The Benchmade Adamas is one of the most common models you’ll see on lists about work knives. The reason? It’s large, reliable, and strong. The blade is 3.78 inches and uses exceptionally strong CruWear steel on a no-nonsense drop point blade. Not only is the blade stock thick but so are the liners and G-10 scales.
If you’re reading this, chances are you’re getting married.
Congratulations on taking the plunge. That also means you’ve probably been planning your wedding for ages. The venue is chosen, the flavor of your cake is set in marble, your music is finalized, and you’re still working on your vows.
But there’s the little matter of thinking about your groomsmen.
Your brother or buddy was likely put up to the task of best man or groomsman. It’s safe to say he’d much rather be out hunting or watching a basketball game. Instead he’s getting fit for a tux or going to rehearsals.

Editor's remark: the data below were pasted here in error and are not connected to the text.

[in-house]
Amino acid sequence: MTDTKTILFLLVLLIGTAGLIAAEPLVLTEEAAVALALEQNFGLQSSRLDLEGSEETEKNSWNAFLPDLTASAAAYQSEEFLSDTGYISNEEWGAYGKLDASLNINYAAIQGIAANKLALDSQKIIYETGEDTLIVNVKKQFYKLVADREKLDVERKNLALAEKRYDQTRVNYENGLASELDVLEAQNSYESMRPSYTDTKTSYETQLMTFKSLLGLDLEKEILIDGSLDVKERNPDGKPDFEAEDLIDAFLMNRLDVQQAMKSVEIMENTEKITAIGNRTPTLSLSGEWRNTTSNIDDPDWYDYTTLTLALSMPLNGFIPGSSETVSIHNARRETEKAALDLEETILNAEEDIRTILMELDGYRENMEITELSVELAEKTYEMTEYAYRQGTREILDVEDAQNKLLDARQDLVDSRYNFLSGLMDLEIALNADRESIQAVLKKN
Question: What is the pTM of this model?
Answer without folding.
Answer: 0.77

That’s why it’s always nice to thank them with a gift.
Considering this is a knife blog, I know we are very biased, but I honestly believe personalized knives make the best gifts for groomsmen.
Knives are actually useful!
If you do a quick Google search on the best groomsmen gifts, thousands of articles with suggestions will come up. Most of them are filled with absolute junk that people don’t really want, like cufflinks (who wears these?), leather bags (come on!), pocket watches (what year is this?), and even personalized underwear.
Except for alcohol, every single one of those gifts is getting thrown in a drawer.